With a new year comes a new raft of predictions for what might unfold within it. PerformanceIN has been speaking with marketing experts in a number of disciplines to gauge their thoughts on what could make 2016 a groundbreaking year for their space.
In this piece, Cristina Constandache, VP business partnerships in Americas & EMEA at Cheetah Ad Platform, predicts that brands will realise the true value of mobile.
Given the all-pervasive nature of mobile technology, it can be hard to believe that smartphones are only eight-years-old, and mobile commerce is even younger.
According to an IMRG report, visits to e-commerce sites via smartphones and tablets accounted for 45% of all e-commerce traffic in the UK. In this year alone, 40% of UK adults made a mobile commerce purchase with their smartphone and 59% have browsed retailers’ sites on their devics, according to Deloitte.
As 2016 progresses, the market will be driven forward as the data signals that users generate are better understood, and the metrics used to run mobile-led campaigns are more established.
If the past few years are any indication, it’s going to happen quite quickly, which means 2016 is going to be a huge year for mobile commerce.
Consider this: just 12 months ago, cost per install (CPI) was considered a key metric for apps - now we know that measuring and responding to a user’s engagement is infinitely more important.
That’s led the industry to explore models based on attribution, which is based on the measurement of mobile signals (installs, launches, level completions, in-app purchases, etc) that are produced as a result of marketing activity. This type of data - essential to understanding m-commerce ROI - is of tremendous interest in leveraging the mobile user’s experience to power future advertising.
That said, the big promises of mobile, including ‘in-the-moment’ contextual commerce powered by location and behavioural data from predictive analytics, are still on the cusp of our vision, and historically erratic returns on m-commerce spend holds some advertisers back. But the data that will eventually prove engagement’s value is being generated right now and savvy brands will take advantage of that in 2016.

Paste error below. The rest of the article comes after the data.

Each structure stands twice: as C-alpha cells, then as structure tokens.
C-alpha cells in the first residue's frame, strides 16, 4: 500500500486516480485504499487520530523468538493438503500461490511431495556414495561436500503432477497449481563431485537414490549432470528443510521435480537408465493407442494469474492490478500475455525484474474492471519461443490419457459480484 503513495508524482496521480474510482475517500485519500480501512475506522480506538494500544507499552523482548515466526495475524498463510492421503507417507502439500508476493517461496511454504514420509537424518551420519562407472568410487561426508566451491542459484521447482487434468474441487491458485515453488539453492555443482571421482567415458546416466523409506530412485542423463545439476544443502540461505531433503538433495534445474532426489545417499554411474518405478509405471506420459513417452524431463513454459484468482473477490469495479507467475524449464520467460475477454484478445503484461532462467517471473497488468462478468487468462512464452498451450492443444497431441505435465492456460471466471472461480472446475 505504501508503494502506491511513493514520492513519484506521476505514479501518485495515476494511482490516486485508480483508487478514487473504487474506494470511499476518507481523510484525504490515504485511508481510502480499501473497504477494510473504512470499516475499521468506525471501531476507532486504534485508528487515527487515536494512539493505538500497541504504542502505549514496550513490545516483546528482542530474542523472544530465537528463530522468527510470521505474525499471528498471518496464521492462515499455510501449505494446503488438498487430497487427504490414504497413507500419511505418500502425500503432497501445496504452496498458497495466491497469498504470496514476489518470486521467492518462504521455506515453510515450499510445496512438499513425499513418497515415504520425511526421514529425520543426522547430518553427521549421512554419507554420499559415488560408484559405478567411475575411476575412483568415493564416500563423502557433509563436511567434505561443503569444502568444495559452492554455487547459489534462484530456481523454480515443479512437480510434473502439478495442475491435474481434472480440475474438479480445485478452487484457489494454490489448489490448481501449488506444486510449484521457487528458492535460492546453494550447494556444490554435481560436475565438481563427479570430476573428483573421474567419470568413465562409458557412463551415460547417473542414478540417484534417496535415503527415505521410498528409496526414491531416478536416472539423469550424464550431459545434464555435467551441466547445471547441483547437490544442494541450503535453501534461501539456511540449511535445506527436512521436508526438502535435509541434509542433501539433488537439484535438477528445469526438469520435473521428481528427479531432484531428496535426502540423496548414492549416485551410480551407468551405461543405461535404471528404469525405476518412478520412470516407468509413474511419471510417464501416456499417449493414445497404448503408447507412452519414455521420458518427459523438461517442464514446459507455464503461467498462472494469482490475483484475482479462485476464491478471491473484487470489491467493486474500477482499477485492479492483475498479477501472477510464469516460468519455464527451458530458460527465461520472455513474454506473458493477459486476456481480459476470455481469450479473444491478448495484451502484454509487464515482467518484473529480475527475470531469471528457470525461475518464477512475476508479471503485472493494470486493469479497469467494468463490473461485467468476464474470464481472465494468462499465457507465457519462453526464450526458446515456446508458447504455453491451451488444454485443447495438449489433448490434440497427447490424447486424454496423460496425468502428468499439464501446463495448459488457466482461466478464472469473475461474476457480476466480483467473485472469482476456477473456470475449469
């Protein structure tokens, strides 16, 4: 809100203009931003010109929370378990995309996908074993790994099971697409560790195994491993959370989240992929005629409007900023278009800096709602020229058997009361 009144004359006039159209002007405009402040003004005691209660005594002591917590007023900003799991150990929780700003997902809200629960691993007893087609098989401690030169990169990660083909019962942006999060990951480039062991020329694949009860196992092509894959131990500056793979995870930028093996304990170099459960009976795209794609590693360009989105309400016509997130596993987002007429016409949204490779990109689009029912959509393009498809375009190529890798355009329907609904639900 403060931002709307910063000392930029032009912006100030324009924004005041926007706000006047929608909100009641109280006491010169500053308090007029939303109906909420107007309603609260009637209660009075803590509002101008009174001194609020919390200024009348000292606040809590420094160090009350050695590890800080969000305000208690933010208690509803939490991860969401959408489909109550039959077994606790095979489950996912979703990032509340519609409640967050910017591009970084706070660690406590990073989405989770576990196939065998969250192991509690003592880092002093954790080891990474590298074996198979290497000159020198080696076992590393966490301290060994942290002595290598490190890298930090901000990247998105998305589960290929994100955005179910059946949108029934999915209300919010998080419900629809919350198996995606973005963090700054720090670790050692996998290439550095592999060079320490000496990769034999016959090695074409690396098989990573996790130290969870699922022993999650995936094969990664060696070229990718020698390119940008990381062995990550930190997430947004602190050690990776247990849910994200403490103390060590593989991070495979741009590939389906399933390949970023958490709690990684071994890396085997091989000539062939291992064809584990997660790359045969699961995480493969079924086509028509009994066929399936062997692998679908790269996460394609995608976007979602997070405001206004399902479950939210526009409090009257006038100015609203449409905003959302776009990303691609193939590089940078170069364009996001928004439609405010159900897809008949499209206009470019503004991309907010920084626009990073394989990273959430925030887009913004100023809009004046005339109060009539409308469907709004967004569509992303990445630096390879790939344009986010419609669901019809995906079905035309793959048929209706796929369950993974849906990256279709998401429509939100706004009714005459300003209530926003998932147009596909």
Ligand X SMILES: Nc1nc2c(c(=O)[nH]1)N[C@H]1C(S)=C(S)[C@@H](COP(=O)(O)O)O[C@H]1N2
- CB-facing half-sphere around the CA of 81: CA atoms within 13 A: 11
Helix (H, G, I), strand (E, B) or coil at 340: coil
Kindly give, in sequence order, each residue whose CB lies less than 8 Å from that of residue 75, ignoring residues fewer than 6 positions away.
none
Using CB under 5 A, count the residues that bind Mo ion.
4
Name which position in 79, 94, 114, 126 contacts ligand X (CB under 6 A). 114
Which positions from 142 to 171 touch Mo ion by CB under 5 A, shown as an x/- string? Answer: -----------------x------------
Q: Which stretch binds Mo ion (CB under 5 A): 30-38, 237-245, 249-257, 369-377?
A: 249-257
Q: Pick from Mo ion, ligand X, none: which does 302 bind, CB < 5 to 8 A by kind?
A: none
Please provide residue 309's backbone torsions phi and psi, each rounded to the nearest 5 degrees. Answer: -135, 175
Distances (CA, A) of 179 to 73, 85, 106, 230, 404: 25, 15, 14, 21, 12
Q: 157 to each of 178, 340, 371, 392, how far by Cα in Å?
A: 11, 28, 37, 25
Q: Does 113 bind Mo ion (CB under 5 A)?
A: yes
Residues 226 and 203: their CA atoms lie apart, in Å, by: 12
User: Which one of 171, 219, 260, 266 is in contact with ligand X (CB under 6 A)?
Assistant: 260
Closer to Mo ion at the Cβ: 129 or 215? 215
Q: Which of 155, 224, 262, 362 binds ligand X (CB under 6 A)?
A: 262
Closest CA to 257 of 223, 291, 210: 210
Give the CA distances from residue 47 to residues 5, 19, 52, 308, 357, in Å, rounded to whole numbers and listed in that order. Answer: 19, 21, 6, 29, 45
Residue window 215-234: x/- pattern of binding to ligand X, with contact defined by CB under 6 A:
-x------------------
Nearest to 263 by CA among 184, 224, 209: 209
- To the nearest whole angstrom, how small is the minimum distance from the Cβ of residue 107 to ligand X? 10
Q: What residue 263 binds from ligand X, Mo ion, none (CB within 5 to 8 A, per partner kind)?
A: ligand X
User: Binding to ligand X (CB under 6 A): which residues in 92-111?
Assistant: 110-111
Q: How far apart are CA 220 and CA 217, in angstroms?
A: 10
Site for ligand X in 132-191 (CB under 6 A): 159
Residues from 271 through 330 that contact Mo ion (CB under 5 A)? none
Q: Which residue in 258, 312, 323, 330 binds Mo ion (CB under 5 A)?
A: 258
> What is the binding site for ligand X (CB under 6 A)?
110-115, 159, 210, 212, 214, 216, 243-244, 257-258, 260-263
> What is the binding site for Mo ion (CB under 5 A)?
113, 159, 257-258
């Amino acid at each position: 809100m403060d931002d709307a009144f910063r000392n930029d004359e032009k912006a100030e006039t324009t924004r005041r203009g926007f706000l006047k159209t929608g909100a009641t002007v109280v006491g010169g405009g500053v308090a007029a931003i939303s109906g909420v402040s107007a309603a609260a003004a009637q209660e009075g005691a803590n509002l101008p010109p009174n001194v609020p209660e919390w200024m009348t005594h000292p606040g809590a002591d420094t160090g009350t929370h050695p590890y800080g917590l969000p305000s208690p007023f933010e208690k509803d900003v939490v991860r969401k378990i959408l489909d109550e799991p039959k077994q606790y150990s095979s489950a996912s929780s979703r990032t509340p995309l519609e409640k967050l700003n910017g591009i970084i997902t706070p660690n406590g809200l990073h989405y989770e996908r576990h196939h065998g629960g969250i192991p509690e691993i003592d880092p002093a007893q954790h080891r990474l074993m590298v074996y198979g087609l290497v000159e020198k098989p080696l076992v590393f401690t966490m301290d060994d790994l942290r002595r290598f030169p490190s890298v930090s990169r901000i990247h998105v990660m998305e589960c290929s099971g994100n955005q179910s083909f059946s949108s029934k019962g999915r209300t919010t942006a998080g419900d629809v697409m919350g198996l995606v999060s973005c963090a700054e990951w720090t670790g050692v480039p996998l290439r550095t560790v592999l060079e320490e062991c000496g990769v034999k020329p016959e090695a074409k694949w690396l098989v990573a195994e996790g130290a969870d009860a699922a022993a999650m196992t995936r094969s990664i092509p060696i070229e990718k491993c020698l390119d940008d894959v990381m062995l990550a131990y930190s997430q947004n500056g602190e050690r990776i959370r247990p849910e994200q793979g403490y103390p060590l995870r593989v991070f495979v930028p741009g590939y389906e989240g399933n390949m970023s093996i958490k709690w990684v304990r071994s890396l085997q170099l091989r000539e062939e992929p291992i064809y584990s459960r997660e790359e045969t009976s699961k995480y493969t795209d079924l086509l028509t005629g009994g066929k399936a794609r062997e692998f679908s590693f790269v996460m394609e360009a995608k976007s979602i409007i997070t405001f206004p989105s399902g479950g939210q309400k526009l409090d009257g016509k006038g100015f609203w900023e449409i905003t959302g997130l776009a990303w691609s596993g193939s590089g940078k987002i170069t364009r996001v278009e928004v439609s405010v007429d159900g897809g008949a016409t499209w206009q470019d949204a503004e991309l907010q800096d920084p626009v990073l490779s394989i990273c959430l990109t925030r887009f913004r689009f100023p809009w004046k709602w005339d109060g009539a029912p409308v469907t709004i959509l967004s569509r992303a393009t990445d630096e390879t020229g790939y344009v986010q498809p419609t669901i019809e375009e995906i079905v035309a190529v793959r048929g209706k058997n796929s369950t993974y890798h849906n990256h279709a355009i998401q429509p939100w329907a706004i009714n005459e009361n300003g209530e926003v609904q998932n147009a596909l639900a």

Even the spectre of ad blocking won’t be able to ruin the m-commerce party. Ad blocking isn’t the end of mobile commerce - it’s a sign mobile is maturing and a clear indication as to the future of next-level native advertising formats.
Yes, mobile ads are often rightfully perceived as intrusive, off-target and valueless, however, next level native ads will change that by creating innovative formats that add value for users by mixing the ad experience with utilitarian things we use our mobiles for. This, in turn, will foster better, more targeted ads, lower cost per acquisition, and higher lifetime values for users.
Video will certainly be a catalyst in all this. The confluence of mobile user demand for app and video experiences has led to the creation of new forms of in-app experiences that advertisers are simultaneously using to engage, entertain and learn from users. One opportunity for video in m-commerce will be found by using location-based data in combination with other mobile signals to provide native video ads that users consider both valuable and relevant.
If I’m in London and it’s raining, show me an ad for a Burberry raincoat. If I’m at the Starbucks, Pret A Manger needs to offer me a free coffee for watching a 30-second video and convince me to leave the Starbucks and make my way to their nearby store. During 2016, many brands will deploy these targeted video ads, with increasingly measurable ROI.
And, as more users engage with more brands over mobile, all those data signals will be used to do some pretty interesting things. I’m not referencing demographic data (e.g. you’re a 28 year old female living in London), but actual behavioural data found in how, when, and to what outcomes you use an app. Soon (it’s happening now), advertisers, marketers and developers will have the tools to verify that data and use it to power predictive analytics that will feed native ad formats tailored to the user’s circumstances.
When that happens, mobile will have reached its tipping point and we’ll stop thinking of m-commerce in terms of its potential and understand it for the revolutionary commercial force it is.